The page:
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Seventh Finds Expert's Testimony Should Have Been Excluded Under Daubert
SEVENTH FINDS EXPERT'S TESTIMONY SHOULD HAVE BEEN EXCLUDED UNDER DAUBERT
In Chapman v. Maytag, No. 01-4061, (July 29, 2002), the Seventh Circuit Court of Appeals reviewed a verdict for the plaintiff. The defendant manufacturer contended the plaintiff's expert's testimony should not have been permitted. This was a wrongful death case involving an electrical range. The plaintiff's husband was electrocuted while working in a crawl space.
Inspection of the range revealed a manufacturing defect where a wire was pinched improperly. The range was plugged into a receptacle assembled by the decedent. There was no ground wire installed by the decedent.
The plaintiff's expert contended a leak through of electrical current happened. This leak through was what caused the electrocution according to the plaintiff's expert.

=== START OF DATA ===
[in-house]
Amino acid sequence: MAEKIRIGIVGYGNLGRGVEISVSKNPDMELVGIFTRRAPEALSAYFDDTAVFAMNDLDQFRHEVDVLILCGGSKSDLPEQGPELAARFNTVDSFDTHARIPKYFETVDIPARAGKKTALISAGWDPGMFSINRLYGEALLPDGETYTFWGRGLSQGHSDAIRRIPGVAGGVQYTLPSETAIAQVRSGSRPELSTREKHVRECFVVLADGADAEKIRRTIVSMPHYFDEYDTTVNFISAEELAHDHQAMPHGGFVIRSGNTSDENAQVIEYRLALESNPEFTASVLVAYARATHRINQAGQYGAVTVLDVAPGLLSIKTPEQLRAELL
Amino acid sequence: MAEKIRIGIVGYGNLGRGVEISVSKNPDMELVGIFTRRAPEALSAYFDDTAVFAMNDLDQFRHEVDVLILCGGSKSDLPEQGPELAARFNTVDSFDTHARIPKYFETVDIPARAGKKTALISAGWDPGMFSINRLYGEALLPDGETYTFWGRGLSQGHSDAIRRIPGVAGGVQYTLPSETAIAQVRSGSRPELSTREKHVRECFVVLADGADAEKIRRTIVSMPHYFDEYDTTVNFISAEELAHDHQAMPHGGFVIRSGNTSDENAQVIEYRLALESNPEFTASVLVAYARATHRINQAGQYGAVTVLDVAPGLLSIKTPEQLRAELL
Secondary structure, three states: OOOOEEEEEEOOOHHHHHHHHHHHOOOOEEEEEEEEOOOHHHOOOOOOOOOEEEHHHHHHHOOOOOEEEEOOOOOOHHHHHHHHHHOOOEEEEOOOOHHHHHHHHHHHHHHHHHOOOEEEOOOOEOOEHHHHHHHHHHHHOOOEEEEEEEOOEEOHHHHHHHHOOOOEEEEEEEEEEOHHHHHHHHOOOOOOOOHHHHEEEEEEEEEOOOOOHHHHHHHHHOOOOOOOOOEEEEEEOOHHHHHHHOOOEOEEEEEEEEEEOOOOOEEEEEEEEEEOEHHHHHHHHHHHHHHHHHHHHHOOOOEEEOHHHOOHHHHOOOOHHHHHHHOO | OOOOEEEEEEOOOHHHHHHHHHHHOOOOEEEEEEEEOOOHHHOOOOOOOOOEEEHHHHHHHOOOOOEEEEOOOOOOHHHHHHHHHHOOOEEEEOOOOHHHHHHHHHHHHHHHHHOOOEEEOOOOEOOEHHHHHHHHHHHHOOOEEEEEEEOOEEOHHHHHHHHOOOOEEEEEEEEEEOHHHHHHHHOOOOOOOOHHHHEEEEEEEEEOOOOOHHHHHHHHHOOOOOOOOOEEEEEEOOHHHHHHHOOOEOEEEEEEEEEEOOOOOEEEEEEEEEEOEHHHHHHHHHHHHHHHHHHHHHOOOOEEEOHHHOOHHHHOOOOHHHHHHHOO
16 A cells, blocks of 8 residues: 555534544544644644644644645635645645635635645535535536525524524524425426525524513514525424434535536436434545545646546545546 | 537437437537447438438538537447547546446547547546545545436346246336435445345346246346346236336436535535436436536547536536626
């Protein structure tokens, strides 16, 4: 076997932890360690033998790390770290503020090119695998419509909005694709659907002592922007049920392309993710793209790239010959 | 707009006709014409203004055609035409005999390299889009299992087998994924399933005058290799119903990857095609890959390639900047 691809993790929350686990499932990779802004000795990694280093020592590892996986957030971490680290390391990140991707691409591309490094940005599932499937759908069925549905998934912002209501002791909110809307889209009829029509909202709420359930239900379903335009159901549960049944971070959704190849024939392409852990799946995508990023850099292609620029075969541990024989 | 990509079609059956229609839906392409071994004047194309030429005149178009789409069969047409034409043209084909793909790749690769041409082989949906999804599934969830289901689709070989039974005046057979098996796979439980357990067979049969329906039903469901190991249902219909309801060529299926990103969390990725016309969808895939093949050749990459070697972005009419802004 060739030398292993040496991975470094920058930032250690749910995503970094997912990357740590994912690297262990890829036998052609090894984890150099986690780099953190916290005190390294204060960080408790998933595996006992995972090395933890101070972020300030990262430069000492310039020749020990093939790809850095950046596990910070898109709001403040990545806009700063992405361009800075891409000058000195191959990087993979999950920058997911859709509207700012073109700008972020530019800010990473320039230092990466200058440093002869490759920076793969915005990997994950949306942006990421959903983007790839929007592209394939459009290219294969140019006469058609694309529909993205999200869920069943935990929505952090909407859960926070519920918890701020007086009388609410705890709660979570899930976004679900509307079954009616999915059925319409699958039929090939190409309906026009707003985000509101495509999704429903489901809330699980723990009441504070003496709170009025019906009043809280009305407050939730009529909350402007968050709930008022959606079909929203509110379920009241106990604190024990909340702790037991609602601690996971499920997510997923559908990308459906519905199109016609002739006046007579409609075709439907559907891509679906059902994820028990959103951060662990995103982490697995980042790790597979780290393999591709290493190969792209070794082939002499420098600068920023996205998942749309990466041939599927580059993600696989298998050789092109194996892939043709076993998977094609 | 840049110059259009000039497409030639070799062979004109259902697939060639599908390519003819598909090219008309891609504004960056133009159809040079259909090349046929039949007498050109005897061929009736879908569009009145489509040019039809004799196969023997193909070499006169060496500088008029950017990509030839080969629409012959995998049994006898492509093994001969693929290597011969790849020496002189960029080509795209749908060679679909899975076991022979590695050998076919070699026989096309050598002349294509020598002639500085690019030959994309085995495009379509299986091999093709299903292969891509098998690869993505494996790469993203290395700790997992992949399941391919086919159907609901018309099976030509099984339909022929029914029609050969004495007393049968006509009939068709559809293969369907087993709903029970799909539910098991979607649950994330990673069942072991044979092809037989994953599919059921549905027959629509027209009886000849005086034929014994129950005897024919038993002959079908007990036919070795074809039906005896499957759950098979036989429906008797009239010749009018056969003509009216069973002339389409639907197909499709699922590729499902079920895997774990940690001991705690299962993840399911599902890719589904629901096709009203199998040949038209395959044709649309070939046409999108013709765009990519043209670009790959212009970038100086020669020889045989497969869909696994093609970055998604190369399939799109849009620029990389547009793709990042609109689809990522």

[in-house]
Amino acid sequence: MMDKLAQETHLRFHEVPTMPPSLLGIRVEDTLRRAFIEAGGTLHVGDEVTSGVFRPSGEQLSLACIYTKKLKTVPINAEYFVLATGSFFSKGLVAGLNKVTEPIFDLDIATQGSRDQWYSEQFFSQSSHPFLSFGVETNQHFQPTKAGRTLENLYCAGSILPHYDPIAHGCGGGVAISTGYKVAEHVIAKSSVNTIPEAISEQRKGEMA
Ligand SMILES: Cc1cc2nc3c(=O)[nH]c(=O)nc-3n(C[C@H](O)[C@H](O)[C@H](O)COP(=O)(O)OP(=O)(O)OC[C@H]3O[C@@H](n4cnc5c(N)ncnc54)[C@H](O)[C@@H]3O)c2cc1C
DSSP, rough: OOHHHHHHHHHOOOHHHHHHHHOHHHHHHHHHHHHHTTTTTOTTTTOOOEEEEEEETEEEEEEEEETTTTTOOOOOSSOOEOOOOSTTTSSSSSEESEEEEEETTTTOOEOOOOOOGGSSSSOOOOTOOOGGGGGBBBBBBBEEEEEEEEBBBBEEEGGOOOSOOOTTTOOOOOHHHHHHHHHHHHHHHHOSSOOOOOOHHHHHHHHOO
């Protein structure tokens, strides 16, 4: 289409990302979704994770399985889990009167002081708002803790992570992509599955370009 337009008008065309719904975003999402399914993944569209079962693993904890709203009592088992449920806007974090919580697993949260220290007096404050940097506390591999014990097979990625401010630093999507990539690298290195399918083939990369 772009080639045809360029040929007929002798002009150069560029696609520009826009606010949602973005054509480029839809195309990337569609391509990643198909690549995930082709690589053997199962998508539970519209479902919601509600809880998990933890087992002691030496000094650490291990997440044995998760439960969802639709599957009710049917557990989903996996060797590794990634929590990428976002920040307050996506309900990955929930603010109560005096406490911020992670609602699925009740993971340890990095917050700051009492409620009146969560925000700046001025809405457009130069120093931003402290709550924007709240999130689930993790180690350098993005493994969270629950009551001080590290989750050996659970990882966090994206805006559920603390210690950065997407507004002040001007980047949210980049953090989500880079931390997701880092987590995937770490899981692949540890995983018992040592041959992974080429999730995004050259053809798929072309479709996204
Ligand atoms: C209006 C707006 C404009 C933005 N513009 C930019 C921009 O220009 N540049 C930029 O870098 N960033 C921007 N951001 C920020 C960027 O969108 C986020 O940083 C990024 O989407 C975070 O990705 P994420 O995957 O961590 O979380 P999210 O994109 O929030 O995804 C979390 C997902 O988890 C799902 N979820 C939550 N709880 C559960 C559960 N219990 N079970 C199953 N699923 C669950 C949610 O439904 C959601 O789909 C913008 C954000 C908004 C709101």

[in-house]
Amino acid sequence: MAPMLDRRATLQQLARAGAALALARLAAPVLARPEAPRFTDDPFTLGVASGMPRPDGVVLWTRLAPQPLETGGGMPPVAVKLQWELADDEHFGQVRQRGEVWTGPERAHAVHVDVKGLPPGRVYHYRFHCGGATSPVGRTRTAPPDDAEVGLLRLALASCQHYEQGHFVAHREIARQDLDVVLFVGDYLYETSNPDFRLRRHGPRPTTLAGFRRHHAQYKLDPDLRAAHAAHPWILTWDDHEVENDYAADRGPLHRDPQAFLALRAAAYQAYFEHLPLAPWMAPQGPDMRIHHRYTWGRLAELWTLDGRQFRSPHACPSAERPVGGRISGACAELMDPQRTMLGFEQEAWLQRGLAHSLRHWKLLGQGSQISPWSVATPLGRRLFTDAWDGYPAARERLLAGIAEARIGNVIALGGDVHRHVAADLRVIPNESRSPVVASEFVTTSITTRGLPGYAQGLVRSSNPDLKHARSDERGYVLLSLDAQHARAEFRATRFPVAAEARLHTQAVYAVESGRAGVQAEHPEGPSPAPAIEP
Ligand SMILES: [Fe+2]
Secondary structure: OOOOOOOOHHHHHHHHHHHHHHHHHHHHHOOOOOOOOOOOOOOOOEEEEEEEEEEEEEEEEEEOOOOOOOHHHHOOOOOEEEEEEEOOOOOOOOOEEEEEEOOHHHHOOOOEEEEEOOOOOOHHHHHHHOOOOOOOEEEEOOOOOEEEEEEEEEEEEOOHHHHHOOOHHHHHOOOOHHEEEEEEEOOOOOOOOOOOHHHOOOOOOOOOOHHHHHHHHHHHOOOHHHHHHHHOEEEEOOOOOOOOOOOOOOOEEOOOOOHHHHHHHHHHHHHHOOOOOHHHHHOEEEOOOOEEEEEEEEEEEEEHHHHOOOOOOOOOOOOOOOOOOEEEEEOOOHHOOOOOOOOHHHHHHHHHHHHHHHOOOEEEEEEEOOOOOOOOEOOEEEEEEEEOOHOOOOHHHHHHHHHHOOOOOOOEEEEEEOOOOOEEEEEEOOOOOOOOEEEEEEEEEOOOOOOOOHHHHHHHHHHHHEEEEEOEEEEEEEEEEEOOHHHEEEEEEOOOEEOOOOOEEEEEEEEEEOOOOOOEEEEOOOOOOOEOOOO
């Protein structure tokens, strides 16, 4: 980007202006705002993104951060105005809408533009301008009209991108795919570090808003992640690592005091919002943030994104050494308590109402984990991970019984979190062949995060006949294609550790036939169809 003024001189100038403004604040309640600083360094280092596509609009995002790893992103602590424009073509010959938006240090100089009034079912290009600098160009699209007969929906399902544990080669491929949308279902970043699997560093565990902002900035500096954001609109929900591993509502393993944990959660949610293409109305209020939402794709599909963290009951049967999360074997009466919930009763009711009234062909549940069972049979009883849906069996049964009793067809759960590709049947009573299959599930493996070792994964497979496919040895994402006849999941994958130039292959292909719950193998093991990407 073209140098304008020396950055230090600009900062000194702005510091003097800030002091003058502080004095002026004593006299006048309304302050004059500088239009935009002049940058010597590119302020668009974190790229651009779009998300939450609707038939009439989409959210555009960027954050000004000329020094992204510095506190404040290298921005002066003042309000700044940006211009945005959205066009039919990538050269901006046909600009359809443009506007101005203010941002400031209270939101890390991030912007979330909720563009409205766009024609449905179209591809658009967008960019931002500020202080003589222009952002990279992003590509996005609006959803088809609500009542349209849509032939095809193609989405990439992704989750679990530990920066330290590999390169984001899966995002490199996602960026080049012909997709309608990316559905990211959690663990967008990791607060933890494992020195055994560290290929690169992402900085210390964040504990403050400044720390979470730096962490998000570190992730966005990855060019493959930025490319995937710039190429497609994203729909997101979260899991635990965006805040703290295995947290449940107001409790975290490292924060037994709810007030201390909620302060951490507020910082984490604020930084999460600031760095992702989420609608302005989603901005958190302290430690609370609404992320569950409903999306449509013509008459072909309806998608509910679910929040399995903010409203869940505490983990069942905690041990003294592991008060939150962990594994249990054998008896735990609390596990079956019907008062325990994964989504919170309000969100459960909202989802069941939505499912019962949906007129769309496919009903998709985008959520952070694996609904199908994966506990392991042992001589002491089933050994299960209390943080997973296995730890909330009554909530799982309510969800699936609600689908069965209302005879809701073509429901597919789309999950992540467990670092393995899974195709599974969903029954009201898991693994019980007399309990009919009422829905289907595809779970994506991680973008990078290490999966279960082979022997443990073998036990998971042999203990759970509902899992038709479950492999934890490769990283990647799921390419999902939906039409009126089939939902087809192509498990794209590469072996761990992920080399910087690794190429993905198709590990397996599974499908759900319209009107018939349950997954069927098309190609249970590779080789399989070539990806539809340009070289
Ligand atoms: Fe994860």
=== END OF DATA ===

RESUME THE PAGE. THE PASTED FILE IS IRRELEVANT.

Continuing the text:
The Court of Appeals noted the expert did not conduct any scientific tests or experiments to support his conclusions. Nor did he produce any studies, tests or experiments by others. The expert also presented no proof that his theory was generally accepted in the scientific community. Hence, the court held a new trial was necessary because his testimony was not reliable under Federal Rule of Evidence 702 and Daubert v. Merrell Dow Pharmaceuticals, Inc., 509 U.S. 579 (1993).
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